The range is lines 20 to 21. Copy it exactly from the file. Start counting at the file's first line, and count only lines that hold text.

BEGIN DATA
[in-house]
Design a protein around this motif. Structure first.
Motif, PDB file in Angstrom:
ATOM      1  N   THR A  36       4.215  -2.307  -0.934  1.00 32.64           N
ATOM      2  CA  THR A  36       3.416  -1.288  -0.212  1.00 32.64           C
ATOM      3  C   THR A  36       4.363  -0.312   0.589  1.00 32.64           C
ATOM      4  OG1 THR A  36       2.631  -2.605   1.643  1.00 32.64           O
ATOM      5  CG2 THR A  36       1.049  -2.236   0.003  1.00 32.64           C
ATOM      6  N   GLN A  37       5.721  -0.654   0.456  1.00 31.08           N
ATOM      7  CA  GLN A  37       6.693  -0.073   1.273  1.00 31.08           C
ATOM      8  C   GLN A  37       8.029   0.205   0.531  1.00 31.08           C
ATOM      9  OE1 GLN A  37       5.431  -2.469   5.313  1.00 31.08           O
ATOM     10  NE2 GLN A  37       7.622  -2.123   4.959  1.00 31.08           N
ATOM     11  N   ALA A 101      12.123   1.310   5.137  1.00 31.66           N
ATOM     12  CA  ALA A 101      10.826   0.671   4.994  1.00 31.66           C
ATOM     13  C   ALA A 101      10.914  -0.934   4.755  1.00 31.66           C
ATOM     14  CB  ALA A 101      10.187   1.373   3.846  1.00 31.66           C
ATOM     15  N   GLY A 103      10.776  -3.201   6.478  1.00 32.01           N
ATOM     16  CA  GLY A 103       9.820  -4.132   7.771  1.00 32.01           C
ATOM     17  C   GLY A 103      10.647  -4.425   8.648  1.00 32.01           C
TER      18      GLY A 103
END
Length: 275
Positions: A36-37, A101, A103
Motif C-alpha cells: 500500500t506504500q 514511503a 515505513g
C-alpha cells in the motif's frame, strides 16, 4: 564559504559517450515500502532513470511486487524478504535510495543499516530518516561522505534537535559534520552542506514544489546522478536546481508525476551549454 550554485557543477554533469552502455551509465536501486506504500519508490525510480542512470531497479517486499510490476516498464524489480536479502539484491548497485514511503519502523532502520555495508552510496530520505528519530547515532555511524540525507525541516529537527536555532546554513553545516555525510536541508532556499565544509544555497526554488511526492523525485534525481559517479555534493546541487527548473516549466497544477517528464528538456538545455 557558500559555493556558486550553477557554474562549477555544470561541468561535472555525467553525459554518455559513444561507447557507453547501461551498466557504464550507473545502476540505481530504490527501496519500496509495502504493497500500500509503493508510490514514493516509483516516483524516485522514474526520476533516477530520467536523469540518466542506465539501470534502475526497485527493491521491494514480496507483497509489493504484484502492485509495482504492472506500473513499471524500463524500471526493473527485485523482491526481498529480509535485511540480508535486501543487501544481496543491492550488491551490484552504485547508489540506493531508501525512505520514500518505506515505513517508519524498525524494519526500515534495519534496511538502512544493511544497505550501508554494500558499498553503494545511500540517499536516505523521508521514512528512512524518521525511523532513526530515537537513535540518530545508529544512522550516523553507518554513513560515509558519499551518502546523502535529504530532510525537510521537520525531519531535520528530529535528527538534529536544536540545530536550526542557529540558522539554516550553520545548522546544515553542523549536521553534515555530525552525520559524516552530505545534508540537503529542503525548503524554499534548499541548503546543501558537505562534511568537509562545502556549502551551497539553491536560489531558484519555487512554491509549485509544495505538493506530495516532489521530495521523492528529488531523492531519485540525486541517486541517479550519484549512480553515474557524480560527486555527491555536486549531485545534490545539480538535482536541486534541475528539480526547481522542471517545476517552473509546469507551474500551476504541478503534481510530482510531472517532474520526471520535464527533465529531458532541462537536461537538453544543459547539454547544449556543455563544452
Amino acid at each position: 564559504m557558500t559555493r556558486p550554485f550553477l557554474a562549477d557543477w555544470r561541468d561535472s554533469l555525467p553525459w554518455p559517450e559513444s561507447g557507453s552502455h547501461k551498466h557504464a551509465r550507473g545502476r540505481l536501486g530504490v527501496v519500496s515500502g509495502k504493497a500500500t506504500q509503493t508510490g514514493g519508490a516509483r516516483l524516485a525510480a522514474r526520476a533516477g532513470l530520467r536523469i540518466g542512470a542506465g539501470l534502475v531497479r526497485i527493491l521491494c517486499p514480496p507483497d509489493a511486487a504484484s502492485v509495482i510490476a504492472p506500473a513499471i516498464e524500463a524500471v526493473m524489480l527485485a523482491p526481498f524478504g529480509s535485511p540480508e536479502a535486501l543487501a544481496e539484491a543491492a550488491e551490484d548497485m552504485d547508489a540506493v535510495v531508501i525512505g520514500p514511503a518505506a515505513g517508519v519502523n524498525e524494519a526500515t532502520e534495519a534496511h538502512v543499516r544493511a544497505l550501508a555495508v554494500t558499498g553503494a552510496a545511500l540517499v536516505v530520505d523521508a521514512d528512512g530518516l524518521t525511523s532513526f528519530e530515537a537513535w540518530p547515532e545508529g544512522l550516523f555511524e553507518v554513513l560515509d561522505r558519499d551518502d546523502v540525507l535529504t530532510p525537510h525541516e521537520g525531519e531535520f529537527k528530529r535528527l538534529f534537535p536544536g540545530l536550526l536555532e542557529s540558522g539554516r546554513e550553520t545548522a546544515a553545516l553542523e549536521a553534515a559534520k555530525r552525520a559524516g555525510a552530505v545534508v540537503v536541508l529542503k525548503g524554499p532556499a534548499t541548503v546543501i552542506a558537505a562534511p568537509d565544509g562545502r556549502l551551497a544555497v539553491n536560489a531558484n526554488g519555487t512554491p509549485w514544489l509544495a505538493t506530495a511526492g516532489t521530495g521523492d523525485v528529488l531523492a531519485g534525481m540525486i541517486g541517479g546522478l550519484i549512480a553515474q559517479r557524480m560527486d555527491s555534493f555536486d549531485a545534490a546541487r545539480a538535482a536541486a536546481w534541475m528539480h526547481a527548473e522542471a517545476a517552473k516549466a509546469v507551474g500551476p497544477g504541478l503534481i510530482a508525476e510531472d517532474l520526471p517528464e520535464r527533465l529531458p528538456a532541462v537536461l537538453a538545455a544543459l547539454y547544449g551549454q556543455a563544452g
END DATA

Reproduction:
ATOM     17  C   GLY A 103      10.647  -4.425   8.648  1.00 32.01           C
TER      18      GLY A 103